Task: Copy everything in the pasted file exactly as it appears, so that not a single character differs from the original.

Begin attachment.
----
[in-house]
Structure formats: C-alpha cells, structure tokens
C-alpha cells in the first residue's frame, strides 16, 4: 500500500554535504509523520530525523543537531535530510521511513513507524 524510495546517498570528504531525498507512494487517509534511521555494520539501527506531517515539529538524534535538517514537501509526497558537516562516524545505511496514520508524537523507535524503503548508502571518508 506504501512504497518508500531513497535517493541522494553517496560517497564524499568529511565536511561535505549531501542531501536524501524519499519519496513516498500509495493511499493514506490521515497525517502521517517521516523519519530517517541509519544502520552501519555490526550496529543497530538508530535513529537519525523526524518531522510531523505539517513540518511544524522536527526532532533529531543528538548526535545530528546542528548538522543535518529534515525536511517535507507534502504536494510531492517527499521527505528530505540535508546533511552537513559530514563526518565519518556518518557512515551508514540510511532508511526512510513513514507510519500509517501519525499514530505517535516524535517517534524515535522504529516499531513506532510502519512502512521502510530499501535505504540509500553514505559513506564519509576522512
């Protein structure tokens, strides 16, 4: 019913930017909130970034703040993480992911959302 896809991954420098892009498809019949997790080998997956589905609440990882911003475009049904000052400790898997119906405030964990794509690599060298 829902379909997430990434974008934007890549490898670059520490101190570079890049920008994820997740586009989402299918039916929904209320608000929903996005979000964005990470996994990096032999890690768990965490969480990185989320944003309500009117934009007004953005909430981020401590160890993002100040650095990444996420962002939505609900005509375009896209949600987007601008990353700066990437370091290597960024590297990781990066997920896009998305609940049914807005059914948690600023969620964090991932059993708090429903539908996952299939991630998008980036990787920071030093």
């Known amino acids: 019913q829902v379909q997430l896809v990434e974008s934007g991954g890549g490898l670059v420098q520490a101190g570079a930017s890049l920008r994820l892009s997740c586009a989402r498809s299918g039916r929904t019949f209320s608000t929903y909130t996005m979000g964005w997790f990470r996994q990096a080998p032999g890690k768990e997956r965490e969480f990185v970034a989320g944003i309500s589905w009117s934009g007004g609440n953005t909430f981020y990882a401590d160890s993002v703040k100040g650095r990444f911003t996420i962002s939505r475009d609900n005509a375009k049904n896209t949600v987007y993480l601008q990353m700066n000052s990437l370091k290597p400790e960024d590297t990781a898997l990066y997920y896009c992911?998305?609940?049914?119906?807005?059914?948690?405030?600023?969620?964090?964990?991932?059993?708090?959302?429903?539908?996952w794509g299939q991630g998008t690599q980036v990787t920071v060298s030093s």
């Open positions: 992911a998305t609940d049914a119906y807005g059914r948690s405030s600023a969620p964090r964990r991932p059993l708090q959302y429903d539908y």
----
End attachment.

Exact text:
[in-house]
Structure formats: C-alpha cells, structure tokens
C-alpha cells in the first residue's frame, strides 16, 4: 500500500554535504509523520530525523543537531535530510521511513513507524 524510495546517498570528504531525498507512494487517509534511521555494520539501527506531517515539529538524534535538517514537501509526497558537516562516524545505511496514520508524537523507535524503503548508502571518508 506504501512504497518508500531513497535517493541522494553517496560517497564524499568529511565536511561535505549531501542531501536524501524519499519519496513516498500509495493511499493514506490521515497525517502521517517521516523519519530517517541509519544502520552501519555490526550496529543497530538508530535513529537519525523526524518531522510531523505539517513540518511544524522536527526532532533529531543528538548526535545530528546542528548538522543535518529534515525536511517535507507534502504536494510531492517527499521527505528530505540535508546533511552537513559530514563526518565519518556518518557512515551508514540510511532508511526512510513513514507510519500509517501519525499514530505517535516524535517517534524515535522504529516499531513506532510502519512502512521502510530499501535505504540509500553514505559513506564519509576522512
């Protein structure tokens, strides 16, 4: 019913930017909130970034703040993480992911959302 896809991954420098892009498809019949997790080998997956589905609440990882911003475009049904000052400790898997119906405030964990794509690599060298 829902379909997430990434974008934007890549490898670059520490101190570079890049920008994820997740586009989402299918039916929904209320608000929903996005979000964005990470996994990096032999890690768990965490969480990185989320944003309500009117934009007004953005909430981020401590160890993002100040650095990444996420962002939505609900005509375009896209949600987007601008990353700066990437370091290597960024590297990781990066997920896009998305609940049914807005059914948690600023969620964090991932059993708090429903539908996952299939991630998008980036990787920071030093």
């Known amino acids: 019913q829902v379909q997430l896809v990434e974008s934007g991954g890549g490898l670059v420098q520490a101190g570079a930017s890049l920008r994820l892009s997740c586009a989402r498809s299918g039916r929904t019949f209320s608000t929903y909130t996005m979000g964005w997790f990470r996994q990096a080998p032999g890690k768990e997956r965490e969480f990185v970034a989320g944003i309500s589905w009117s934009g007004g609440n953005t909430f981020y990882a401590d160890s993002v703040k100040g650095r990444f911003t996420i962002s939505r475009d609900n005509a375009k049904n896209t949600v987007y993480l601008q990353m700066n000052s990437l370091k290597p400790e960024d590297t990781a898997l990066y997920y896009c992911?998305?609940?049914?119906?807005?059914?948690?405030?600023?969620?964090?964990?991932?059993?708090?959302?429903?539908?996952w794509g299939q991630g998008t690599q980036v990787t920071v060298s030093s």
């Open positions: 992911a998305t609940d049914a119906y807005g059914r948690s405030s600023a969620p964090r964990r991932p059993l708090q959302y429903d539908y």